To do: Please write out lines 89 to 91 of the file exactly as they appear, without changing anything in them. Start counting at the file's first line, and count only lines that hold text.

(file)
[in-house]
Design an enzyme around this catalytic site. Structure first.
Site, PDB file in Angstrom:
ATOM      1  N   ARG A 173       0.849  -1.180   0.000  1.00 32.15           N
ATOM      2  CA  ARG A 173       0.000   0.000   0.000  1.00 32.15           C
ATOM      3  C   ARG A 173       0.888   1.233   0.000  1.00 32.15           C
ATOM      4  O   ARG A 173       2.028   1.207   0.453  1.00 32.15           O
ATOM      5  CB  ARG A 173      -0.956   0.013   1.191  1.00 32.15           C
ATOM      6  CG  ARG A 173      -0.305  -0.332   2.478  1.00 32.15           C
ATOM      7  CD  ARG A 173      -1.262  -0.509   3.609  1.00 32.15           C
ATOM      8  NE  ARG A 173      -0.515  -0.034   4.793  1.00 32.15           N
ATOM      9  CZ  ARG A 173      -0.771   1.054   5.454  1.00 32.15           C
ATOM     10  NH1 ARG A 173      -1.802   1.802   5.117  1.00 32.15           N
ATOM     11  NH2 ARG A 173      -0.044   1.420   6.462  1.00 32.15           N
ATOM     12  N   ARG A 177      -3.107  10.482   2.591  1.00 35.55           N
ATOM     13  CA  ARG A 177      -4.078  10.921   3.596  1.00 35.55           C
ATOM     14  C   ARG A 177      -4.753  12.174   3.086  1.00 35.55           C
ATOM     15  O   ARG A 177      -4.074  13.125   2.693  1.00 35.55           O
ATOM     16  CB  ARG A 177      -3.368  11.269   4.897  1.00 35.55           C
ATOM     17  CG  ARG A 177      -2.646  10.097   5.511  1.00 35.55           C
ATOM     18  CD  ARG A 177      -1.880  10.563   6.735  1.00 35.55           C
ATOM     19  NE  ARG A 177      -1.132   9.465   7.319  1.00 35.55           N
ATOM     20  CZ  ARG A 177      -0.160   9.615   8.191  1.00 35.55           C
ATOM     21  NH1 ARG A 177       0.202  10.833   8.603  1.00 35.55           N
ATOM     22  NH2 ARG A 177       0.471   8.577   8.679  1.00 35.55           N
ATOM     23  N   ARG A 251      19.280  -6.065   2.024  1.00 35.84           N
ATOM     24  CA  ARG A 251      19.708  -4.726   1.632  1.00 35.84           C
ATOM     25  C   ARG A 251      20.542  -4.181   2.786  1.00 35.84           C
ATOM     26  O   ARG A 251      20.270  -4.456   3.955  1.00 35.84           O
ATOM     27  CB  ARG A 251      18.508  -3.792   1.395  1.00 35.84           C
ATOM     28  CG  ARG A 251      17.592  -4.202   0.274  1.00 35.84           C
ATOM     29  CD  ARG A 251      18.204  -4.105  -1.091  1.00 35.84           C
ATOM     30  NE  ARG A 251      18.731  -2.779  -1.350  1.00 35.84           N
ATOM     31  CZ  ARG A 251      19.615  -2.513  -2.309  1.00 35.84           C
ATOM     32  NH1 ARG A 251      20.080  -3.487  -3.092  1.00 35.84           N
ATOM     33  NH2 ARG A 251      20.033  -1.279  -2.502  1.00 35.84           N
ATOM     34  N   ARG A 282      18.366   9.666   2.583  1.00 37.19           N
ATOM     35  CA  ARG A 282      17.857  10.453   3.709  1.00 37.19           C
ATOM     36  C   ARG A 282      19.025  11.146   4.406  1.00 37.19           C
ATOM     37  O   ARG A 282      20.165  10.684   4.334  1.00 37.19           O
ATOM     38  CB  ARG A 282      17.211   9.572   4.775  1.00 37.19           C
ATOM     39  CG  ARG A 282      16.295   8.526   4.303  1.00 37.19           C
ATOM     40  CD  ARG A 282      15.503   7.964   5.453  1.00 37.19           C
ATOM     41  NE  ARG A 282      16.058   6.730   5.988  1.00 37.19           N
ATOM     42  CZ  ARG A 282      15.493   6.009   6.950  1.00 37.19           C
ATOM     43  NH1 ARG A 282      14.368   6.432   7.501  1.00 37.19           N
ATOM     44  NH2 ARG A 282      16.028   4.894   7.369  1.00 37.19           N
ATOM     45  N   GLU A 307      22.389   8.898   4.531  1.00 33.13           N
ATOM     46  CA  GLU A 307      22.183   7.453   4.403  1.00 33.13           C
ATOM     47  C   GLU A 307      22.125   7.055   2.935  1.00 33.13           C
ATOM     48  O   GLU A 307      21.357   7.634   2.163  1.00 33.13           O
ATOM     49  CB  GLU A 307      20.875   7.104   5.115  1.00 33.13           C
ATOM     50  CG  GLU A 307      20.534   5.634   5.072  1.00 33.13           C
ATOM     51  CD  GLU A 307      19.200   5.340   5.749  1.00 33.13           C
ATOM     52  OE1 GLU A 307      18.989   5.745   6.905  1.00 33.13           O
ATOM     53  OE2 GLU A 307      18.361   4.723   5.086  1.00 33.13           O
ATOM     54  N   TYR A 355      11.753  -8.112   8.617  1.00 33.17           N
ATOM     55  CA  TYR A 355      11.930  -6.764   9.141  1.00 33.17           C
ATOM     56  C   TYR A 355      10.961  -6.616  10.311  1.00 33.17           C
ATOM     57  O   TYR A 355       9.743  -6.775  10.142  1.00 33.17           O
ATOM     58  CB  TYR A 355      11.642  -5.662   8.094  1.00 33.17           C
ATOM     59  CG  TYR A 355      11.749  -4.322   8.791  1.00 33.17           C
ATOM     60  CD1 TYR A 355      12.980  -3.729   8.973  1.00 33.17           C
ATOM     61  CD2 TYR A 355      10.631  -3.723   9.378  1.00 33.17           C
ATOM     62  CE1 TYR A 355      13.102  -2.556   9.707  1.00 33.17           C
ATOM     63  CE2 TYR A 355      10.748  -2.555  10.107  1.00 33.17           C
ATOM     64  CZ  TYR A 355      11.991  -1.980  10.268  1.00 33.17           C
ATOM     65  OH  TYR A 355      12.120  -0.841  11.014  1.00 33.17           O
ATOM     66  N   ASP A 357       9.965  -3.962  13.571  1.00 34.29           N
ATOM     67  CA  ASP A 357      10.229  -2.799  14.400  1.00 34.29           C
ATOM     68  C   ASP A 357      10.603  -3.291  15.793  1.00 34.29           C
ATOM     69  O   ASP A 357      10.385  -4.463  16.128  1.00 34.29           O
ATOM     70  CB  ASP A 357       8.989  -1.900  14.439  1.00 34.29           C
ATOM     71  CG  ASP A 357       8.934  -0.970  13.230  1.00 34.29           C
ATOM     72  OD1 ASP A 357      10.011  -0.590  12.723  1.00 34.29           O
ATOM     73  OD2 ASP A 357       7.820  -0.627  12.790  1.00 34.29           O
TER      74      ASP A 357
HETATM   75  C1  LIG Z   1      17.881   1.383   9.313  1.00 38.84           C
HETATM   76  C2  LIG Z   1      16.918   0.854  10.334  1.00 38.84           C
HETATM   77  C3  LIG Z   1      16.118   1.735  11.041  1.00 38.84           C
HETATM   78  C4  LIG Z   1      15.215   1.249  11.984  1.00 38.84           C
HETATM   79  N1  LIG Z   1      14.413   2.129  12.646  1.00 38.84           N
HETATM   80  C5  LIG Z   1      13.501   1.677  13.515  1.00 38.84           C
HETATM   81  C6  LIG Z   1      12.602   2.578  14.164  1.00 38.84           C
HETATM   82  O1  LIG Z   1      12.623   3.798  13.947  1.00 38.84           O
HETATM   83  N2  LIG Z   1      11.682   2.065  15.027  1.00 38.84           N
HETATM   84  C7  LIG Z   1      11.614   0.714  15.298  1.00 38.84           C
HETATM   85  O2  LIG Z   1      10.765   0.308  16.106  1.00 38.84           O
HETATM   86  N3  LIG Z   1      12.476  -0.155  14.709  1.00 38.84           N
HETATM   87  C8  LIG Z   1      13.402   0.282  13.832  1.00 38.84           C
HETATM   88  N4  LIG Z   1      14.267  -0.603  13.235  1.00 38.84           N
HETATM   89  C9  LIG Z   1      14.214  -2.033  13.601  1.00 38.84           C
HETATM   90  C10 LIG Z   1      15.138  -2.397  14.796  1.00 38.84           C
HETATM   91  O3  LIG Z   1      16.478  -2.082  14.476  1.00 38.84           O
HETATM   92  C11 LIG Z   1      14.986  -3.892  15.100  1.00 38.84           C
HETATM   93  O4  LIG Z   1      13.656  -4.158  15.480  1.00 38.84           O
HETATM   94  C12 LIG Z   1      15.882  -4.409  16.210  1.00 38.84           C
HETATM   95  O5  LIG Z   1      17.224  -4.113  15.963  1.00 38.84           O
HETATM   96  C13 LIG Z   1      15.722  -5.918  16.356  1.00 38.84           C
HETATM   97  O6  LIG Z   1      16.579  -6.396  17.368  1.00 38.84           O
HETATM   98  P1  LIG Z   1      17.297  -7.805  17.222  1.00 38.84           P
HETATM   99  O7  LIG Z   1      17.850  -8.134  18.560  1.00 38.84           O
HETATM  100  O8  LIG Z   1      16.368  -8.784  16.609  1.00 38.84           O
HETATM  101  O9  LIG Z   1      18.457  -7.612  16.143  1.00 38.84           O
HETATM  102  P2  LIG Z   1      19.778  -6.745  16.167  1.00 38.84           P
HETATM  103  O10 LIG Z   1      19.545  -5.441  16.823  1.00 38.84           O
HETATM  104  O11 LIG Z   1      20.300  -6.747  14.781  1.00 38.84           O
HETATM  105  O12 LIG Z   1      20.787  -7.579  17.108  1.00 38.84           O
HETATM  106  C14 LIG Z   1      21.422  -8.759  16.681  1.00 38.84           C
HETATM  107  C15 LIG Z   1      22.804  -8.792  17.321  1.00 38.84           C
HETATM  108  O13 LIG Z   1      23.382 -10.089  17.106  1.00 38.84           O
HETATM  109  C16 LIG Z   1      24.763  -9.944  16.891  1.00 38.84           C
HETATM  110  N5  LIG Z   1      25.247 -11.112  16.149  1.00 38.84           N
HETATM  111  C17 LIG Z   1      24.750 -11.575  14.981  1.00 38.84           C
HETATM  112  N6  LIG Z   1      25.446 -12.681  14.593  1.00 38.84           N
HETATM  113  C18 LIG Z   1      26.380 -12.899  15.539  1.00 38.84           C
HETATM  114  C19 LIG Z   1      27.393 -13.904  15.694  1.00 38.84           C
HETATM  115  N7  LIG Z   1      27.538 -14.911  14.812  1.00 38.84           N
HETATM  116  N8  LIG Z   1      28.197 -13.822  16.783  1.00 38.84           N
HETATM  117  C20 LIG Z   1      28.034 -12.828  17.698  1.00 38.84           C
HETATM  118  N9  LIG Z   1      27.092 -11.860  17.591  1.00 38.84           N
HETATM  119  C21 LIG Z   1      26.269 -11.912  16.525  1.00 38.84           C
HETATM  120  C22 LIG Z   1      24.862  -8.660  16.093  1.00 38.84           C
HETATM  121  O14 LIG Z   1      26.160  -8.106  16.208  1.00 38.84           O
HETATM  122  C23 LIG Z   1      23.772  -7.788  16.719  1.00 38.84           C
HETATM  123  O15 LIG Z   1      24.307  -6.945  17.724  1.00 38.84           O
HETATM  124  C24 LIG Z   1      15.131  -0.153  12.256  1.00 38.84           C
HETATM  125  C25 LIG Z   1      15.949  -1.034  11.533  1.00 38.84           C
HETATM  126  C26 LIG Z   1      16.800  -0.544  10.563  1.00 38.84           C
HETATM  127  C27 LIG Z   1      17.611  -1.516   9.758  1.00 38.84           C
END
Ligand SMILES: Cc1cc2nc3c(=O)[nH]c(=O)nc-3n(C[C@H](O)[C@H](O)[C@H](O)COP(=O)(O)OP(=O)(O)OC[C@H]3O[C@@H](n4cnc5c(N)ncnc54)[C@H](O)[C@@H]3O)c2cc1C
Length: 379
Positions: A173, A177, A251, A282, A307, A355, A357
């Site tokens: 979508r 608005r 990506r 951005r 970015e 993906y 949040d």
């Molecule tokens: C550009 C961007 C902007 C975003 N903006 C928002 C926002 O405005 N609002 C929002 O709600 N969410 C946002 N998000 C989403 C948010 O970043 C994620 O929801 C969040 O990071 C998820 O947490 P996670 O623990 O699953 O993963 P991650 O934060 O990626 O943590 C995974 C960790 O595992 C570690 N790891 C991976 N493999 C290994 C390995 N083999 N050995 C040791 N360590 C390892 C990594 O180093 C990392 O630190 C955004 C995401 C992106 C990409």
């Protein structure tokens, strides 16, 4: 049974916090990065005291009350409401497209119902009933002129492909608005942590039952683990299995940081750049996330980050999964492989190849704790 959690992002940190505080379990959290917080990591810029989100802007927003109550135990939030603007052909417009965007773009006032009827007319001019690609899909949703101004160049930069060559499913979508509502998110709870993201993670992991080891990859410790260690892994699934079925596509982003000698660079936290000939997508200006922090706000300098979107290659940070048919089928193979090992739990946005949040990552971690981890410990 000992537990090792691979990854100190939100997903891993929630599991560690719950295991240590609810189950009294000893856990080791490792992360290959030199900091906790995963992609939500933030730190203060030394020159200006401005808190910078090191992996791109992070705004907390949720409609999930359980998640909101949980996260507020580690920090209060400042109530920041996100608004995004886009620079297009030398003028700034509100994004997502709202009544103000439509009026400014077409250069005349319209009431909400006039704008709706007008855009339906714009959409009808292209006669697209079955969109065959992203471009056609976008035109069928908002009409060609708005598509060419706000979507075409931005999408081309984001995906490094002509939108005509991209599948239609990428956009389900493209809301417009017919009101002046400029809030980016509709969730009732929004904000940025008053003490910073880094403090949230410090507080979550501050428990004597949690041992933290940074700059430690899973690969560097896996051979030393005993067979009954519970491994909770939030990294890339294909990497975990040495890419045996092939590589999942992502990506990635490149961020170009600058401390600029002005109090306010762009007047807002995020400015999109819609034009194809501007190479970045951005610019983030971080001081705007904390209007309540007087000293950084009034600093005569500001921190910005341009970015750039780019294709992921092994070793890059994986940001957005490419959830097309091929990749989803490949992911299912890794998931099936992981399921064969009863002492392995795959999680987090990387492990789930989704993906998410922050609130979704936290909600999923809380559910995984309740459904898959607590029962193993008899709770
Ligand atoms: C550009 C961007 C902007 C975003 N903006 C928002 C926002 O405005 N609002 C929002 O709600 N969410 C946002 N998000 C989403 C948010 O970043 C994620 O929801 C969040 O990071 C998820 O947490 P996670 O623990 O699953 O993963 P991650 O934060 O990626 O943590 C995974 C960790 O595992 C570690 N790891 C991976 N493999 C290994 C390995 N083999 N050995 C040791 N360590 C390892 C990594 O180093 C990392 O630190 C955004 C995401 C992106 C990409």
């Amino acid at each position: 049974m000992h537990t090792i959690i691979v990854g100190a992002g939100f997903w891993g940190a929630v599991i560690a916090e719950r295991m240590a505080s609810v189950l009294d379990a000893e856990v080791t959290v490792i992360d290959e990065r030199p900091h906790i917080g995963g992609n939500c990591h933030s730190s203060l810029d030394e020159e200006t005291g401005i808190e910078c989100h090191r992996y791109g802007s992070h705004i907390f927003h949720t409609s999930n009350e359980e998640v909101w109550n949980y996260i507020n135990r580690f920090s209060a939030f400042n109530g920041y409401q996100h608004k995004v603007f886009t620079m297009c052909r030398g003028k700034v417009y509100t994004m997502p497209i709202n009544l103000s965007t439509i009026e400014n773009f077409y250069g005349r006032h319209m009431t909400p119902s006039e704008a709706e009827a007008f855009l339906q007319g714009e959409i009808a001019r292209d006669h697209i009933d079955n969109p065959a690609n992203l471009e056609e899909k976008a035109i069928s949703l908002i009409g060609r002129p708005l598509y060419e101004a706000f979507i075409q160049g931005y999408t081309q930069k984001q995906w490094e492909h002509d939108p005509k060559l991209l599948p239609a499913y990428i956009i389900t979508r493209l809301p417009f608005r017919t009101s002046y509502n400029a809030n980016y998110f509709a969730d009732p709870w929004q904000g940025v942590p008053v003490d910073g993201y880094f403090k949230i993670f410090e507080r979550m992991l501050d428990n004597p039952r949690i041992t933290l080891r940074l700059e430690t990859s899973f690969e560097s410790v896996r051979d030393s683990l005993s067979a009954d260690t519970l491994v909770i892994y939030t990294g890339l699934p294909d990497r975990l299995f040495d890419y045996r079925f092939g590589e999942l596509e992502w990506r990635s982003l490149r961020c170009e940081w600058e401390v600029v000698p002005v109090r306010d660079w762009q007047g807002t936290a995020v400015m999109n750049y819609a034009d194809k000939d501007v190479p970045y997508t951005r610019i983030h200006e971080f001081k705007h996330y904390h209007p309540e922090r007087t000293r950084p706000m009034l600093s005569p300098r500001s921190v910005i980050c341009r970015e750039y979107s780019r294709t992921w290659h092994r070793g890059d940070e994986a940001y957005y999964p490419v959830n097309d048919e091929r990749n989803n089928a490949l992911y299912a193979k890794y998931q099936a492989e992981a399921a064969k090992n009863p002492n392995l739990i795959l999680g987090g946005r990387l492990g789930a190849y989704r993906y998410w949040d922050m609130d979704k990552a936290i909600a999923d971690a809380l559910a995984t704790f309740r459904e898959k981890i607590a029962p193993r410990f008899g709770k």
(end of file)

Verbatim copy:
HETATM   86  N3  LIG Z   1      12.476  -0.155  14.709  1.00 38.84           N
HETATM   87  C8  LIG Z   1      13.402   0.282  13.832  1.00 38.84           C
HETATM   88  N4  LIG Z   1      14.267  -0.603  13.235  1.00 38.84           N